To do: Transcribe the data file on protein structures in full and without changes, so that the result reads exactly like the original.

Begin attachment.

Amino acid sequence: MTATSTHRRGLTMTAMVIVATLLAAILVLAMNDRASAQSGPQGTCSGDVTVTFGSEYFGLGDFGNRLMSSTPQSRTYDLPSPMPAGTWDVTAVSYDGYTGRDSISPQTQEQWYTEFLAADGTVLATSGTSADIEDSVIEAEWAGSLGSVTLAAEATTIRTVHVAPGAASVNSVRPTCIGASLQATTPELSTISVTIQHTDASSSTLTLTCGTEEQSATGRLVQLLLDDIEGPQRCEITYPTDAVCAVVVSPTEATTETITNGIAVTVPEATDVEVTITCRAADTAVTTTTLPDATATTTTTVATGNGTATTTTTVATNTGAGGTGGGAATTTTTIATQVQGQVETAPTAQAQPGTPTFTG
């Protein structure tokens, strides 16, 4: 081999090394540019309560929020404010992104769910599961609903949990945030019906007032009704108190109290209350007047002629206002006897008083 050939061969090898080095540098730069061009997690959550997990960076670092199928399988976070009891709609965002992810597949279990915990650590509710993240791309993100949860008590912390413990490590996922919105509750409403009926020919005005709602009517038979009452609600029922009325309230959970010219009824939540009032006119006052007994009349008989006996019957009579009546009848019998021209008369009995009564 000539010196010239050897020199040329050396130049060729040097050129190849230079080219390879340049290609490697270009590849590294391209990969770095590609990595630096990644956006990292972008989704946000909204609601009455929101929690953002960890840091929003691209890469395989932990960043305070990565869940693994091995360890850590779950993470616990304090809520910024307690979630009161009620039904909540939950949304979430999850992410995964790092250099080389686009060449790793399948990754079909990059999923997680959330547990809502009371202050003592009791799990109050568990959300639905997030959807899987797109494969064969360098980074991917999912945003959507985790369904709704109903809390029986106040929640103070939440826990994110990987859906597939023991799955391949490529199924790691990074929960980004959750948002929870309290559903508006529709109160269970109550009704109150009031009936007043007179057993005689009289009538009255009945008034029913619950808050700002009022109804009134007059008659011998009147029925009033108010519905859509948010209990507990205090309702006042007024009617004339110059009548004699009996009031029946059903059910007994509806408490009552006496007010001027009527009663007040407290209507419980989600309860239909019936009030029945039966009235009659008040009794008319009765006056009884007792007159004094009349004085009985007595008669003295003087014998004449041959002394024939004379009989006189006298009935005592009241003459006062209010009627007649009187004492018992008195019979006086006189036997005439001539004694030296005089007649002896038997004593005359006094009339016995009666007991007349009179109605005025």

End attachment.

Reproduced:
Amino acid sequence: MTATSTHRRGLTMTAMVIVATLLAAILVLAMNDRASAQSGPQGTCSGDVTVTFGSEYFGLGDFGNRLMSSTPQSRTYDLPSPMPAGTWDVTAVSYDGYTGRDSISPQTQEQWYTEFLAADGTVLATSGTSADIEDSVIEAEWAGSLGSVTLAAEATTIRTVHVAPGAASVNSVRPTCIGASLQATTPELSTISVTIQHTDASSSTLTLTCGTEEQSATGRLVQLLLDDIEGPQRCEITYPTDAVCAVVVSPTEATTETITNGIAVTVPEATDVEVTITCRAADTAVTTTTLPDATATTTTTVATGNGTATTTTTVATNTGAGGTGGGAATTTTTIATQVQGQVETAPTAQAQPGTPTFTG
């Protein structure tokens, strides 16, 4: 081999090394540019309560929020404010992104769910599961609903949990945030019906007032009704108190109290209350007047002629206002006897008083 050939061969090898080095540098730069061009997690959550997990960076670092199928399988976070009891709609965002992810597949279990915990650590509710993240791309993100949860008590912390413990490590996922919105509750409403009926020919005005709602009517038979009452609600029922009325309230959970010219009824939540009032006119006052007994009349008989006996019957009579009546009848019998021209008369009995009564 000539010196010239050897020199040329050396130049060729040097050129190849230079080219390879340049290609490697270009590849590294391209990969770095590609990595630096990644956006990292972008989704946000909204609601009455929101929690953002960890840091929003691209890469395989932990960043305070990565869940693994091995360890850590779950993470616990304090809520910024307690979630009161009620039904909540939950949304979430999850992410995964790092250099080389686009060449790793399948990754079909990059999923997680959330547990809502009371202050003592009791799990109050568990959300639905997030959807899987797109494969064969360098980074991917999912945003959507985790369904709704109903809390029986106040929640103070939440826990994110990987859906597939023991799955391949490529199924790691990074929960980004959750948002929870309290559903508006529709109160269970109550009704109150009031009936007043007179057993005689009289009538009255009945008034029913619950808050700002009022109804009134007059008659011998009147029925009033108010519905859509948010209990507990205090309702006042007024009617004339110059009548004699009996009031029946059903059910007994509806408490009552006496007010001027009527009663007040407290209507419980989600309860239909019936009030029945039966009235009659008040009794008319009765006056009884007792007159004094009349004085009985007595008669003295003087014998004449041959002394024939004379009989006189006298009935005592009241003459006062209010009627007649009187004492018992008195019979006086006189036997005439001539004694030296005089007649002896038997004593005359006094009339016995009666007991007349009179109605005025």